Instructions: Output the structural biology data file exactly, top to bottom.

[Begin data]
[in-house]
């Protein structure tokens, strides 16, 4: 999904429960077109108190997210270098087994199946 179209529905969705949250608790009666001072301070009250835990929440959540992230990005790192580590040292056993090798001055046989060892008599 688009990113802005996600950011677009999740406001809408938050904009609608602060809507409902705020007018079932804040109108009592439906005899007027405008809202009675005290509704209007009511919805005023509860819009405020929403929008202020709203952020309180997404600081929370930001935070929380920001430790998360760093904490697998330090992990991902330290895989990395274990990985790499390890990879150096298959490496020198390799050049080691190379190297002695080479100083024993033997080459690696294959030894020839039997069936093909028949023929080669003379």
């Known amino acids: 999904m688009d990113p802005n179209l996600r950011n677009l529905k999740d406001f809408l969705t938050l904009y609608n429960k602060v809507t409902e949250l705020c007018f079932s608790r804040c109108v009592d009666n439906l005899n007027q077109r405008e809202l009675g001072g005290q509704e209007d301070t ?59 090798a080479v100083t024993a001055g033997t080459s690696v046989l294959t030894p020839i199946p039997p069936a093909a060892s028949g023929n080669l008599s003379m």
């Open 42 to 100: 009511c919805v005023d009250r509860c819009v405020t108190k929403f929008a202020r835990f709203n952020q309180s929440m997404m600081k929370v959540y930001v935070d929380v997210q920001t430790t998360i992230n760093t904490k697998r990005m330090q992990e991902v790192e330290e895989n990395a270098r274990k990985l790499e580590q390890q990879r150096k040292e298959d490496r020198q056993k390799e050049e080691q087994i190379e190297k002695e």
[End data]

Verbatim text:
[in-house]
């Protein structure tokens, strides 16, 4: 999904429960077109108190997210270098087994199946 179209529905969705949250608790009666001072301070009250835990929440959540992230990005790192580590040292056993090798001055046989060892008599 688009990113802005996600950011677009999740406001809408938050904009609608602060809507409902705020007018079932804040109108009592439906005899007027405008809202009675005290509704209007009511919805005023509860819009405020929403929008202020709203952020309180997404600081929370930001935070929380920001430790998360760093904490697998330090992990991902330290895989990395274990990985790499390890990879150096298959490496020198390799050049080691190379190297002695080479100083024993033997080459690696294959030894020839039997069936093909028949023929080669003379």
């Known amino acids: 999904m688009d990113p802005n179209l996600r950011n677009l529905k999740d406001f809408l969705t938050l904009y609608n429960k602060v809507t409902e949250l705020c007018f079932s608790r804040c109108v009592d009666n439906l005899n007027q077109r405008e809202l009675g001072g005290q509704e209007d301070t ?59 090798a080479v100083t024993a001055g033997t080459s690696v046989l294959t030894p020839i199946p039997p069936a093909a060892s028949g023929n080669l008599s003379m």
């Open 42 to 100: 009511c919805v005023d009250r509860c819009v405020t108190k929403f929008a202020r835990f709203n952020q309180s929440m997404m600081k929370v959540y930001v935070d929380v997210q920001t430790t998360i992230n760093t904490k697998r990005m330090q992990e991902v790192e330290e895989n990395a270098r274990k990985l790499e580590q390890q990879r150096k040292e298959d490496r020198q056993k390799e050049e080691q087994i190379e190297k002695e």